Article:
Fire-and-forget



SpaceX says it will fly a spacecraft
to Mars as soon as 2018



SpaceX plans to land an unmanned spacecraft on Mars as soon as 2018 with the help of NASA, an extraordinary collaboration between the public and private sectors in an effort to eventually get humans to the Red Planet.
SpaceX made the announcement on Twitter Wednesday, laying out an ambitious timeline for an incredibly difficult mission that only governments have dared try. Landing a spacecraft or a robot that can then operate successfully on the Martian surface is so difficult that the U.S. is the only country to have done it, and many attempts over the years have failed.
The partnership between SpaceX and NASA has the goal of sending humans to Mars in the 2030s. (The Washington Post, April 27, 2016. Read more)







Nick Rupp by Timothy Schaumburg
Nick Rupp by Timothy Schaumburg

Can't wait!





"Bon, c'est-à-dire, bien sûr, il faut l'voir chez soi, hein !" - Pierre, Le Père Noël est une ordure

The first and most important rule of the Mile High Club
is to fly... at night.


Right click + Open image in a new tab to enlarge. This is a HiRes, wallpaper-sized pic.

Night flight over Northern Russia, as seen from the First Officer's seat of a Boeing 747-8 cockpit. A beautiful show of green and purple Northern Lights, a slow beginning sunrise and millions of stars are visible, including the Milky Way. Photo and text by JPC van Heijst.

Thursday Morning, Studio 7 by Jack Pierson
Thursday Morning, Studio 7 by Jack Pierson

Danny Schwarz & Guy Robinson by Bruce Weber
Danny Schwarz & Guy Robinson by Bruce Weber

Rhys Kosakowski by Hadar
Rhys Kosakowski by Hadar


Frank Lloyd Wright’s home and studio in Illinois


Studio Facade. Photograph: Tim Long
Studio Facade. Photograph: Tim Long
Born in Wisconsin in 1867, Frank Lloyd Wright’s career as an architect spanned some 70 years until 1959. Wright built his home and studio at 951 Chicago Avenue in Oak Park, Illinois, at the age of 22. It was here that he lived and worked for the first 20 years of his professional career and experimented with space, form, light and material, creating a visual essay that revealed the founding principles of Wright’s Prairie style, inspired by America’s wide mid-western plains.

The house and studio has been restored to its iteration from 1909, the last year that Wright lived on site.

Living Room. Photograph: James Caulfield
Living Room. Photograph: James Caulfield
Rusticated by shingle and stone, Wright’s home blended into its woody landscape and was rooted to the ground by its brick façade.

The ground floor of 951 Chicago Avenue consisted of a cluster of rooms (living room, studio, pantry, dining room) that would satellite the hearth. The chartreuse palette of the living room with its warm wood paneling and window seats combined simplicity with quiet opulence and overlooked the then-wooded grounds of the house, resplendent with willow and ginko trees.

Frank Lloyd Wright playroom. Photograph: James Caulfield
Frank Lloyd Wright playroom. Photograph: James Caulfield

Frank Lloyd Wright playroom mural. Photograph: James Caulfield
Frank Lloyd Wright playroom mural. Photograph: James Caulfield
Wright designed every element of his home, including the intricate stained glass windows and wooden furniture that adorned a Japanese-inspired dining room cushioned with fabric-covered walls. Much as the materials of the façade rooted the building to the ground, here terracotta tiles provide warmth and rustic simplicity to an inviting sunken dining room.

The dining room. Photograph: James Caulfield
The dining room. Photograph: James Caulfield

Source: The Glass Magazine, Rowena Chiu, March 28, 2016. Read more...

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Can Gay People
Ever Master Aging Gracefully?


And wisdom is early to despair:
Be beginning; since, no, nothing can be done
To keep at bay
Age and age’s evils...

Good God, the mirror's a challenge. Gravity's relentless tugging and all those summer tans are conspiring with time. They dash in an unholy, unruly, triathlon of, well, let’s call it maturing. It’s not as if I wasn't warned. Beauty is only skin deep, and stay out of the sun. But, I must admit, gravity kind of surprised me. Unless a cliff was involved, I always thought it such a benign and helpful force. Gravity keeps everything in place and the heavenly celestial bodies orbiting as they should. But that sneak, gravity, eventually pulls your face, your butt, and everything else on your body in the absolutely wrong direction.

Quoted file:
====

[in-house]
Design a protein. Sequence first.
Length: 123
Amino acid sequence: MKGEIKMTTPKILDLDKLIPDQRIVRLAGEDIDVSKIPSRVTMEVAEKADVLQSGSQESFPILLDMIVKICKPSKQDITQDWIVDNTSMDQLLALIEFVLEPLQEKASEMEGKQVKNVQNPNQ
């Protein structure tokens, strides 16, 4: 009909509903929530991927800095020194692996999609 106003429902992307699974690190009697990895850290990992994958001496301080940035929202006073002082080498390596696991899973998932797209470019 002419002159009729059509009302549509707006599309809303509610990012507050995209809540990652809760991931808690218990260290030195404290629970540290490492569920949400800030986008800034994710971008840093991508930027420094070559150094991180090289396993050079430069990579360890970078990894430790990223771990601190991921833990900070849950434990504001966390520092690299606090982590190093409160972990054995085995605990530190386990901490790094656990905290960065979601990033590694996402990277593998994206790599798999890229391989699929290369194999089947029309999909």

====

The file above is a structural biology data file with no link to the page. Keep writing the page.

There’s no denying that sometimes it's hard to face your maturing face. I remember Dad looking at his reflection once and exclaiming, "Hell's bells, who is that old man?" I got it, but at the time I could only sympathize with his pain. Now I feel it too. The quest for graceful aging — and a salient belief in the truth of inner beauty — is officially urgent.
Our community is hilariously obsessed with physicality. Too often, only chiseled abs and chins need apply. A cold chill passes over me every time I see those sculpted couples in a print ad for gay cruises. Personally, I can imagine wearing a burka for the duration at sea. I suppose a full body cast could work too, and sympathy would be an effective icebreaker. It’s all so crazy, because I know we’re better than the form, reflected by light, off our skin. But I also know that very few people, including myself, don’t judge. Our first impression of others is their appearance, and as hard as I try, I still evaluate. We all do this, straight or gay, but I think gay people do it more and do it longer.
I think straight people are off the hook, once they have kids. Mom just went through a physical ordeal that’s unbelievable. Meanwhile, Dad’s done his thing. He goes to work and comes home and goes to work helping raise a family. He has to, because two incomes are the root for survival in America. Suddenly, there’s just no more gym time, and the little time left is dedicated to a well-deserved time-out with the recliner.
Gay folks, especially men, generally don’t have these societal fallback positions. We’re expected to die at the pec fly machine, working in that third set of 10 reps. And if we have to leave a button on our 501s unbuttoned, it can’t be the top button. We can only let people speculate if there’s not enough room for the bottom buttons.

The reality is the fine line between healthy fetishes and unattainable or unrealistic stereotypes. These aspirations and fetishes have to lose some grip as we grow older unless we want to be that mad, bitter queen in the skinny jeans, drinking alone.
Now, how do we do these things? How do we age gracefully? Who are our role models to guide us through the golden years? Why. it’s us, by golly! It’s up to you and me, and I think there are many paths down the golden yellow brick road.

Source: The Advocate, Kurt Niece, April 25, 2016



Richard Burton reads Gerard Manley Hopkins' poem 'The Leaden Echo & The Golden Echo'.